Doing the thing

Do good work, with good people, and the rest will take care of itself.

It’s easy to get caught up in all the bullshit that surrounds us. Sorry to say it so bluntly, but it’s true. Whether personal projects or professional endeavors, there’s a lot of noise coming from all angles, making it difficult to focus on what really matters.

Opinions of people telling us what we should be doing or how we should be acting/thinking/breathing. Everywhere we look there’s advice on how to be successful, productive, and happy. If you’re not reading some article online, you probably have a friend telling you about this great piece they read earlier in the day. Happiness bullshit is everywhere! Magazines, blogs, TED talks; everywhere we look there’s someone giving unsolicited advice on our lives, our careers, and our personal pursuits.

Yet honestly, none of that stuff matters. None of it matters at all, when you really get down to it.

What matters is doing whatever it is that you do. What matters is doing the work.

Putting in your time to master a craft, a skill, or a desire. Or allocating your time towards specific areas of your life that you decide to focus on, and then doing what’s necessary to move yourself forward. Simple as that, no questions asked.

What matters is showing up and being prepared to take some hits, yet practicing, working, and creating anyway.

What matters is getting so far into the thing that you’re doing that you forget about it all and that world around you, and you just do the thing.

That’s the only part to focus on: Doing the thing.

The rest will fall into place.

But typically — especially in American working cultures, from corporate to creative — we tend to focus on all the other nonsense that surrounds the people who are “successfully” doing the work. Nonsense like morning routines, daily schedules, creative journeys, credit and fame, and step-by-step guides that worked for one person but don’t apply everywhere.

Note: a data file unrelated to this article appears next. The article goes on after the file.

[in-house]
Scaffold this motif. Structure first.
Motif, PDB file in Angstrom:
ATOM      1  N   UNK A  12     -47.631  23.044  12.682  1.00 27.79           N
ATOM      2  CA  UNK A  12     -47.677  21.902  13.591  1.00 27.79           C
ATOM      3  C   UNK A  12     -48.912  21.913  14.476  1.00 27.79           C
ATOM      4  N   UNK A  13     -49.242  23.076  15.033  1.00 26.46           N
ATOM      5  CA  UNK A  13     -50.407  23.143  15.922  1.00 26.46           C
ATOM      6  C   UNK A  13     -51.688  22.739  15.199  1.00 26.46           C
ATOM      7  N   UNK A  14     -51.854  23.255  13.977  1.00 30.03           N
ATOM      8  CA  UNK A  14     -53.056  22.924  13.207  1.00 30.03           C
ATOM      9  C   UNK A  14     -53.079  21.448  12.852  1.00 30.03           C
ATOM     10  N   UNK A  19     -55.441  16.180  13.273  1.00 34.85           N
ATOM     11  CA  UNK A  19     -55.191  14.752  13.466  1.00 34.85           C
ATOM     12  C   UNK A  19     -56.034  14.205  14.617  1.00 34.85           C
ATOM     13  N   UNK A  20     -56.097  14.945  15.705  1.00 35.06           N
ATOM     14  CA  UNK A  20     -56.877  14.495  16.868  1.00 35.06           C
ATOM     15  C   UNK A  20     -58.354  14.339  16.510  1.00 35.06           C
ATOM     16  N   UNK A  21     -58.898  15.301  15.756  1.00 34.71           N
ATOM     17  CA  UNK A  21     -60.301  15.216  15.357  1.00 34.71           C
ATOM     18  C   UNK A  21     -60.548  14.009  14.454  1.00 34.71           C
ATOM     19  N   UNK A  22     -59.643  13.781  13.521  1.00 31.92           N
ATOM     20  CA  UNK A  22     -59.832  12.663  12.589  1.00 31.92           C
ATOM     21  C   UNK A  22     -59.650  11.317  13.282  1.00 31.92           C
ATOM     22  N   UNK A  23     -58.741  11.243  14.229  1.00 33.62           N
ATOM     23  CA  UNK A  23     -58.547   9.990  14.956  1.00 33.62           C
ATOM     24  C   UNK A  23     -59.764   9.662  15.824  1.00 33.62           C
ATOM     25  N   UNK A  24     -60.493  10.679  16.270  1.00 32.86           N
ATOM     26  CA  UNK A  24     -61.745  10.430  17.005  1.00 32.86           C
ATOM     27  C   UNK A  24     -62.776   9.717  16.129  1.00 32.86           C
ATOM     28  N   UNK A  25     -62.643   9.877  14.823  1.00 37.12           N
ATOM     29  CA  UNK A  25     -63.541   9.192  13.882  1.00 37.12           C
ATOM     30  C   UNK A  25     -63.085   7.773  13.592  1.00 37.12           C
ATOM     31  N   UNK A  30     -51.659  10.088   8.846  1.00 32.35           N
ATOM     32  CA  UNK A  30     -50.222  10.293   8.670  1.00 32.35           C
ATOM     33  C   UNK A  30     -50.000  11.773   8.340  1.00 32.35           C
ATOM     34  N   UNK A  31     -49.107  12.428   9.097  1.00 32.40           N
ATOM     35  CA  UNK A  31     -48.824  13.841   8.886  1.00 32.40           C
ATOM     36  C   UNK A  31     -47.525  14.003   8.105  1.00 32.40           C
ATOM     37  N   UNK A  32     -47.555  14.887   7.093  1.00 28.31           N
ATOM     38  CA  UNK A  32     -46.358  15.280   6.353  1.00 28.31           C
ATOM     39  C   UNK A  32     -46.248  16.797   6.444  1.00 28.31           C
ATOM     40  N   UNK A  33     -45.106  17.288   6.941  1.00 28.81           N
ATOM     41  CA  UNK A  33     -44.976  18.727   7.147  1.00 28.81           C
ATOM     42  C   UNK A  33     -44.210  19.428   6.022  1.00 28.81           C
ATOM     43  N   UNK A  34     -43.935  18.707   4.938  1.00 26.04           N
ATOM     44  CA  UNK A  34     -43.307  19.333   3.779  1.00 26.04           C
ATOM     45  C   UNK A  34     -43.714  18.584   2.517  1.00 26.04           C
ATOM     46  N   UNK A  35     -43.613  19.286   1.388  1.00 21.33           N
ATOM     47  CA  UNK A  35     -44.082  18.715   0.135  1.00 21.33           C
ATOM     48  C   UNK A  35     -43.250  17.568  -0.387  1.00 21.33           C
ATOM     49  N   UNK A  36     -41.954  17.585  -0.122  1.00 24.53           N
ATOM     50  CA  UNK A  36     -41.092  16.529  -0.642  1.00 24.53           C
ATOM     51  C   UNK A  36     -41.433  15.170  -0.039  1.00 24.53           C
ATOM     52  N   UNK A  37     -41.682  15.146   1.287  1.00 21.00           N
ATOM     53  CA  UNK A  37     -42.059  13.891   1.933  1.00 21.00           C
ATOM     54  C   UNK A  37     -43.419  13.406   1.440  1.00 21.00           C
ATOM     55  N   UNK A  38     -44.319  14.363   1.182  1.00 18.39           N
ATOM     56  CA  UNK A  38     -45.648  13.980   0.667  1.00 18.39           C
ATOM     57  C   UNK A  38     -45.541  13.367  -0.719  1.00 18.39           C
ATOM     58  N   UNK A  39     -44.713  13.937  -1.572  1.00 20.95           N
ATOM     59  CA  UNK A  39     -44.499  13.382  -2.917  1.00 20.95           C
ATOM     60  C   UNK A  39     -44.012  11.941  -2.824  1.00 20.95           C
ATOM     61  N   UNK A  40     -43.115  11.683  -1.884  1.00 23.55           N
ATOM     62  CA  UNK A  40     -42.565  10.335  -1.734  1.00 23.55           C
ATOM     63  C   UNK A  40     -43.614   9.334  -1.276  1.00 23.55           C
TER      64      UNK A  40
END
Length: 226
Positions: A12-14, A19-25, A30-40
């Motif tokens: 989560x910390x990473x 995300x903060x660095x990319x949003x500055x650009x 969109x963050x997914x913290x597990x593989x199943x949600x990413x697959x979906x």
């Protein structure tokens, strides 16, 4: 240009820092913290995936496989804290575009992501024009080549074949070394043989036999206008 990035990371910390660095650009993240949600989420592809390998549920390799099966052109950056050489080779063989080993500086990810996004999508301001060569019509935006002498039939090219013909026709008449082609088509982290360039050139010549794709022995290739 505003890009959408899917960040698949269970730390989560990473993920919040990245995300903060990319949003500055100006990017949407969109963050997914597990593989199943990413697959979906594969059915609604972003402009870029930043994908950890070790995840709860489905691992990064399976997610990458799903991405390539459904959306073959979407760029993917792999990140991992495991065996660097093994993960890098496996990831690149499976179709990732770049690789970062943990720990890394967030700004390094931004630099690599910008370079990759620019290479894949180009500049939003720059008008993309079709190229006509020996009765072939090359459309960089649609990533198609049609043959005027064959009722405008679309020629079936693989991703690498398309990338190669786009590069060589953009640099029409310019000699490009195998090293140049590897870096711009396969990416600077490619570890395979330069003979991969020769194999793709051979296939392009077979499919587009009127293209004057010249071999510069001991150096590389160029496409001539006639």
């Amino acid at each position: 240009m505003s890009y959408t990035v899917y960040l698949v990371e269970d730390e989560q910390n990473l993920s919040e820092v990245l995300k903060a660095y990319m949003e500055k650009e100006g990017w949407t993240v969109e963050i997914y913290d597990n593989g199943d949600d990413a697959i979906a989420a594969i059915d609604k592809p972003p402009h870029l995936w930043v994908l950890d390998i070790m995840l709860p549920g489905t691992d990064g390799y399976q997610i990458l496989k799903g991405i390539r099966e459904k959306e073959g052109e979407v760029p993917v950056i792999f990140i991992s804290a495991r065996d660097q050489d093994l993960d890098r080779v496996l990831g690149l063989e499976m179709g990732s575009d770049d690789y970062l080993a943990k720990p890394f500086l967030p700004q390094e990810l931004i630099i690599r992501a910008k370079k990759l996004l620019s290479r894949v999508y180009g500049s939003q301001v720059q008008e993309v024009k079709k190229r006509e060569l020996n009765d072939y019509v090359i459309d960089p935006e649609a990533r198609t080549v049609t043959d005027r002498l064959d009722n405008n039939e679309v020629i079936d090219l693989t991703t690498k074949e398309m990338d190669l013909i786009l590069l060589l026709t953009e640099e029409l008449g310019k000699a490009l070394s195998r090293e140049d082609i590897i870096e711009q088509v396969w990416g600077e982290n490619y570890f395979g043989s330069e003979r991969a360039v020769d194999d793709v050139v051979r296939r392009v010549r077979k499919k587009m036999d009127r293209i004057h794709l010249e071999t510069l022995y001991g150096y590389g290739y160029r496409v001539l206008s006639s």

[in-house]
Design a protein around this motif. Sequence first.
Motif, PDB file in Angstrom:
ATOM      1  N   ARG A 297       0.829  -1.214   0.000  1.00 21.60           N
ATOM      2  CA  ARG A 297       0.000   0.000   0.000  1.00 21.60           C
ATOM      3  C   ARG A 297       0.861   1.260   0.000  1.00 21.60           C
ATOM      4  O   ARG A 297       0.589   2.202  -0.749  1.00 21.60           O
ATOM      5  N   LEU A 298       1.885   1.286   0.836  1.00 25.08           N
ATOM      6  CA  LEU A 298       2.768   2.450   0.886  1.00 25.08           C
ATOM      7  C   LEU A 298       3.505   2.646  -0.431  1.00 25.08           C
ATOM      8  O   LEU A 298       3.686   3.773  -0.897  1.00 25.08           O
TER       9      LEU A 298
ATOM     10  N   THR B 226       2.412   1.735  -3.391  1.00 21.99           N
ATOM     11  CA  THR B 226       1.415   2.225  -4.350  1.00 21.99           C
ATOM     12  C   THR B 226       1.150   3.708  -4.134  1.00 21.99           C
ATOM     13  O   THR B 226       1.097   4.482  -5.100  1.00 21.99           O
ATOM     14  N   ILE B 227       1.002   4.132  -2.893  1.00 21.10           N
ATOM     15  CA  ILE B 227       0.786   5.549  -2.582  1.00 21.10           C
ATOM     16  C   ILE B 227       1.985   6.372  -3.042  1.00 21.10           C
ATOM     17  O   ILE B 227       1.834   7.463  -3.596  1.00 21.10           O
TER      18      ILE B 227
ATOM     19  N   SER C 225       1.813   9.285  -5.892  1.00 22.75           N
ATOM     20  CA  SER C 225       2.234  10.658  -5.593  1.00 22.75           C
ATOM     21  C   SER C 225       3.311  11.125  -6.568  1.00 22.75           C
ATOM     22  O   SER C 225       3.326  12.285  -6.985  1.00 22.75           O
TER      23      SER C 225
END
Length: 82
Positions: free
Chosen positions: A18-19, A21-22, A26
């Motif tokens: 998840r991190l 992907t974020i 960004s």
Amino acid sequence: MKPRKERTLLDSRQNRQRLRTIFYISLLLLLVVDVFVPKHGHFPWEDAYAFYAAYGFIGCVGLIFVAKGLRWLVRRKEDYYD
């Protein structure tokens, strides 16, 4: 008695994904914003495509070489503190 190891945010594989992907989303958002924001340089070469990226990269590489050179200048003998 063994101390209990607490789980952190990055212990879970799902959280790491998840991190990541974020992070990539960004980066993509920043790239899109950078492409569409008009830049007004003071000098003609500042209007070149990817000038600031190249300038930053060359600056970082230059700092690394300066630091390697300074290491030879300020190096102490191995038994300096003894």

It’s certainly valuable to learn things along the way, always remaining open to new ideas and ways of operating, but at the end of the day, your work is what matters most.

Great artists, makers, musicians, entrepreneurs, leaders, and all of the people we end up hearing so much about aren’t doing their thing for all of those other surrounding reasons. They do their things because it’s what they know; it’s the only thing they know. It’s what matters most to them. It’s their craft, and it’s what pulls them out of life and into their zone.

Yet on a daily basis there’s so much nonsensical glorification around all of it, between accolades and awards, press and publications, interviews with creative people and more; there’s endless piles of garbage “content” designed to do one thing: steal your attention for just a little bit longer.

My thought: ignore that stuff. Tune it out. Let it go. Know that it’s there if you ever want to look at it for a moment and spark your creativity, but for the most part, let it all float away and go do the work.

Practice your craft. Put in your time. Forget about the other people, forget about the interviews, tips and tricks, and forget about how the other person did their thing. Go do yours. Do you.

As one of my favorite creative minds, Austin Kleon, says in his wonderfully inspiring book Steal Like An Artist,

The trick is to be too busy doing your work to care.

Do good work. With good people. And the rest will fall into place.